Your drive home from work ought to be an outlet to detox from all the strain at work. Come home with a smile on your face to meet your family. Leave your work at work. Go shoot some hoops with your boys. Have a tea party with your daughter. Play hide and seek for a while. The world has a way of escaping when we do that.


And since we are on this, let’s smile more in church services. Please, we are not at a funeral. What better place to smile. We are with the people of God. We are going to sing and pray and open His word. What a great place to be. Something isn’t right when we leave services more beat up than when we came. Encouragement is oxygen to our souls. We need that. Sunday ought to be the best day of the week for us.


I know some doctors. They are great at what they do. I’d love if one of them took out his prescription pad and wrote on there, “Go watch Three Stooges.” Maybe if the world did this more, along with having some cookies in the afternoon, we’d be better people. Worry, fear, doubt, stress—they can crush your spirit. They can take your health. They can shorten your life. They change the expression of your face.


The story is told of an advisor suggesting to the newly elected President Abraham Lincoln a certain man for a cabinet post. Lincoln is said to have responded, “I don’t like the look of his face.” The advisor was shocked and said that wasn’t nice. He couldn’t help the way he looked. Lincoln said, “Everyone over the age of 40 is responsible for the way he looks.” Joyful or broken spirit? Our choice.


Does your face show hope? Do you look like one who is heading toward Heaven? Or, does your face show doubt and despair?


The joyful heart…maybe that’s what you need to find again.





Jump Start # 1706

Jump Start # 1706 

Mark 10:46 “Then they came to Jericho. And as He was leaving Jericho with His disciples and a large crowd, a blind beggar named Bartimaeus, the son of Timaeus, was sitting by the road.”


I was thinking the other day about all the names that are used in the New Testament, especially the Gospels. There are many. We are told the name of the servant whose ear was cut off by Peter. It’s Malchus. We are told the name of the high priest, Caiaphas. We are given the Jewish ruler’s name, Nicodemus. The names, Mary, Martha and Lazarus are very familiar to us. The synagogue official whose little daughter died and Jesus raised was Jairus.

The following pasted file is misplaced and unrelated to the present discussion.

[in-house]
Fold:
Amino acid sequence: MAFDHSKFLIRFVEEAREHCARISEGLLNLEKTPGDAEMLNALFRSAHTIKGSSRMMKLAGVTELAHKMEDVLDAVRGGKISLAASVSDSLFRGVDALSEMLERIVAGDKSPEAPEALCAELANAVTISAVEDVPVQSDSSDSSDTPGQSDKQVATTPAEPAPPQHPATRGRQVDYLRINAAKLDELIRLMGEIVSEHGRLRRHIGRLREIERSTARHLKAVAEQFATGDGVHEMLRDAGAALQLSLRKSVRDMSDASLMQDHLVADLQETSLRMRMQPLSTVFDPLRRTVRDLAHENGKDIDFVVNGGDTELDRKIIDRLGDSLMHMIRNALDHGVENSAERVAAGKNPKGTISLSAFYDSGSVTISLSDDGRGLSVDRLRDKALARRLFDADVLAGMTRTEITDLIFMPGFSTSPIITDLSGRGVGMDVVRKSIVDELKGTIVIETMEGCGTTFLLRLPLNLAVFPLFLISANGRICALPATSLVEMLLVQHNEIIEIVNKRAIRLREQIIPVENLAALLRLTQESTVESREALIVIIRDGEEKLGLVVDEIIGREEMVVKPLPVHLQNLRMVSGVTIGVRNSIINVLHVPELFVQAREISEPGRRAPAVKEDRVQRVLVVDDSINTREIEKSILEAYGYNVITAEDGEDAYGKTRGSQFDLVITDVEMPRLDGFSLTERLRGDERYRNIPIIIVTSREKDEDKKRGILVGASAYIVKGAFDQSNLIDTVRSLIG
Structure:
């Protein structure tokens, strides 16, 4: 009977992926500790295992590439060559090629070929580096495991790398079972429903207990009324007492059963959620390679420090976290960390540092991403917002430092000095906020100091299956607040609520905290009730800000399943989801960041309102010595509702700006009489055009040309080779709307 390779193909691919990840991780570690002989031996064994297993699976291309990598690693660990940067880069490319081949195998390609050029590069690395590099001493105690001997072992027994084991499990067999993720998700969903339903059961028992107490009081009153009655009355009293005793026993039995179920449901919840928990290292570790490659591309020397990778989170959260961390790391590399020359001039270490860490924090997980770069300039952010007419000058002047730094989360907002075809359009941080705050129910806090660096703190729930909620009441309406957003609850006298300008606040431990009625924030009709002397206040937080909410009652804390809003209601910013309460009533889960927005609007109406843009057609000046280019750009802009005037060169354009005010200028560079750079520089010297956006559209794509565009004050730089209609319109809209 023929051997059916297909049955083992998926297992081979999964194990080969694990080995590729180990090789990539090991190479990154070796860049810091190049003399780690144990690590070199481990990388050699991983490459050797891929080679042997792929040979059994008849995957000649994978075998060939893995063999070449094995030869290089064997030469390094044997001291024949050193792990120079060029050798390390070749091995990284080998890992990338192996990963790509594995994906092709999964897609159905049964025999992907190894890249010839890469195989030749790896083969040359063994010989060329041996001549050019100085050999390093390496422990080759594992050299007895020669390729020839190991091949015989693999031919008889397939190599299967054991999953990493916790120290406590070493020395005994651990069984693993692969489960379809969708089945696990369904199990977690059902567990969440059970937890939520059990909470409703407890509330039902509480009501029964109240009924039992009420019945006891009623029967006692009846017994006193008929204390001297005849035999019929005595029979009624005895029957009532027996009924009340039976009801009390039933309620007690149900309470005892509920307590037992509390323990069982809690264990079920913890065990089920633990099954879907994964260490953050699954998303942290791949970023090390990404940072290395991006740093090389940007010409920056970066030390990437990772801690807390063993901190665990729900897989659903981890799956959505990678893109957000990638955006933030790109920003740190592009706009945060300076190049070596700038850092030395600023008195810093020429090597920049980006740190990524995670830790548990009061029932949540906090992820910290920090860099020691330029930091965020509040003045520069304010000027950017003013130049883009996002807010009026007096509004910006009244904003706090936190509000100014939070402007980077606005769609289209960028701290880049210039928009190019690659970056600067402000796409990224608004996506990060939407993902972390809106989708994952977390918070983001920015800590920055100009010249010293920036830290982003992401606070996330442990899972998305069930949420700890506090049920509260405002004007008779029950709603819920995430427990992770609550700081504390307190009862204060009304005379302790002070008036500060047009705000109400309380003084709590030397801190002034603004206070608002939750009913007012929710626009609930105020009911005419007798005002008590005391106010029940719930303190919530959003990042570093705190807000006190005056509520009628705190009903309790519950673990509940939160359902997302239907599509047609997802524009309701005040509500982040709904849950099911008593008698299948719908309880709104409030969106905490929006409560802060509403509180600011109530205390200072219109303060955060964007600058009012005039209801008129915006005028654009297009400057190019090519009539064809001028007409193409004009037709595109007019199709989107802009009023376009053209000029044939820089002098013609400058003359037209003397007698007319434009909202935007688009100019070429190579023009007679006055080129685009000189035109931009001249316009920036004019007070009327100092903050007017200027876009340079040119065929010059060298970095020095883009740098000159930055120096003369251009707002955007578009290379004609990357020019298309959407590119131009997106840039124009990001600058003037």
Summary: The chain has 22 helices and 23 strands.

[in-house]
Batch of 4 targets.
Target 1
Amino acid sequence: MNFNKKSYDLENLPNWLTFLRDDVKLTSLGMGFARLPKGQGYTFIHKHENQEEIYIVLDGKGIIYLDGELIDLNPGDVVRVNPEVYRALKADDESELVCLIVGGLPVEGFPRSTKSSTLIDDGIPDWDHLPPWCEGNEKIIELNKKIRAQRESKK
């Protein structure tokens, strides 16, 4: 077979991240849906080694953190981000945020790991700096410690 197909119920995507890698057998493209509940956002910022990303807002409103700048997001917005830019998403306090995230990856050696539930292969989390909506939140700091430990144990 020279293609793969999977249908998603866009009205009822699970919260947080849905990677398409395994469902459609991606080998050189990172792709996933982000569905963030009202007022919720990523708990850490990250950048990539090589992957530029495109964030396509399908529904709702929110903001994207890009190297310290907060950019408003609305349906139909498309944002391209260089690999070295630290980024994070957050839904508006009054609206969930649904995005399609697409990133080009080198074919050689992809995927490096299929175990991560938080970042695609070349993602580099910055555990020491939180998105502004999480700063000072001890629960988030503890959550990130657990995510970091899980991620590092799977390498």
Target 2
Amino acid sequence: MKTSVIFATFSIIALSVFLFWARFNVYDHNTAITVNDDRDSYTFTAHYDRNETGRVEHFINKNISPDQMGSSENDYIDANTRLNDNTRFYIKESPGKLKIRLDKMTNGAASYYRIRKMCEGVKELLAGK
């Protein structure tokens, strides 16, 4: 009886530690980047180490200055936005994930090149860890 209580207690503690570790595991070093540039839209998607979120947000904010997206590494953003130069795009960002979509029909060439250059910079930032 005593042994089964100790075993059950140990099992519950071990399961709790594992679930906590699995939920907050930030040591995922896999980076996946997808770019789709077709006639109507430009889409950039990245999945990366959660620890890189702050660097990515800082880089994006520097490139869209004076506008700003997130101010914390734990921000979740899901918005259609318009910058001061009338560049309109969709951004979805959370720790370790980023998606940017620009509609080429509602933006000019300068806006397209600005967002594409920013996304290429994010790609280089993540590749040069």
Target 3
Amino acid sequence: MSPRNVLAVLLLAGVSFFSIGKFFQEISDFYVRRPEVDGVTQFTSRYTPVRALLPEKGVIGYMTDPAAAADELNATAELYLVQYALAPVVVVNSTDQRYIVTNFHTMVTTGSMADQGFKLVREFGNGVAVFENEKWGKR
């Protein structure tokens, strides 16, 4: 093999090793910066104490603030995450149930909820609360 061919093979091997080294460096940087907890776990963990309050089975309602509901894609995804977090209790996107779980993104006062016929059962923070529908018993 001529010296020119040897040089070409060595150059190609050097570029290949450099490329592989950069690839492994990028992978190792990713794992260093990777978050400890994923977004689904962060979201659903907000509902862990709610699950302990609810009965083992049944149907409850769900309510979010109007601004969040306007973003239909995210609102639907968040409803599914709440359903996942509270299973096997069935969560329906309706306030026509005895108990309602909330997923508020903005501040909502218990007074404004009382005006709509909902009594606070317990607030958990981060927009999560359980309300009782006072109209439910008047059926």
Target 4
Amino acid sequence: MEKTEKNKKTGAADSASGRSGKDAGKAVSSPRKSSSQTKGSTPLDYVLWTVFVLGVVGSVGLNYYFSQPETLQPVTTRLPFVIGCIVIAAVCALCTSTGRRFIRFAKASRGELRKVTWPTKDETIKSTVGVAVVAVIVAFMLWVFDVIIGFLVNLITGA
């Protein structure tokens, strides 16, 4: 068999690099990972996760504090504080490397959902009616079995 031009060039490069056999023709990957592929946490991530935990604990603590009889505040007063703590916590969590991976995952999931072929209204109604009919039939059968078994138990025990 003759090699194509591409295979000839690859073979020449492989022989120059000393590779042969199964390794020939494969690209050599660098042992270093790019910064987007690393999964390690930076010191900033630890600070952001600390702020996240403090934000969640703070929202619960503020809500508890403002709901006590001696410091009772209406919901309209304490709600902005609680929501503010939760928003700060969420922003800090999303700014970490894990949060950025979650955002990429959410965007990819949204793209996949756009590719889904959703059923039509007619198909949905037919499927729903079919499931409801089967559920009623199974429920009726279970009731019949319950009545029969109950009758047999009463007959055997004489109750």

But there are other names we are not given. We don’t know the name of the bent over woman. Nor do we know the name of the woman who was caught in adultery. The demon possessed man, who was living in the cemetery, remains unknown to us.


Some names are given and some are not. There may be some reasons for that.


The names that are given, not only in the Gospels, but all through the N.T., serve as a Biblical footnote. Our verse is a great example of this. After the Gospels were recorded, one way to verify their accuracy was to check the stories with others. Our verse tells us of a blind man who was beggar outside of Jericho. His name is Bartimaeus. And not to confuse him with another person with the same name, his father was Timaeus. Notice how specific that is. A person listening or reading the Gospel of Mark, could go to Jericho and dig around and ask a few locals about a guy who once lived there who was blind by the name of Bartimaeus. If he was still around, he could be interviewed and asked about Jesus and what happened. Even, if he wasn’t there, folks would certainly know the story of Timaeus’ son who gained his sight back. People tend to talk about things like that. That would make a person realize that the story was true.


There is the story of Simon. Not just any Simon. There were many Simon’s. This Simon was from Cyrene. He was the father of Alexander and Rufus, as if the audience knew who those two were, possibly even Christians. He was the one who carried the cross for Jesus. Moments before the death, here lies another Biblical footnote. Go to Cyrene. Check around. Was there a Simon who had a couple of sons named Alexander and Rufus? Heard that he carried Jesus’ cross? Any truth to that? Verification. Evidence. Proof. This is found in Mark’s Gospel. Mark is written to Christians. Alexander and Rufus may have been known by the brethren.


This thought traces through the N.T. There is Lydia from Thyatira. There was Cornelius from Caesarea. It’s as if God were given the early readers, names and addresses. Go, check it out, is what this sounds like.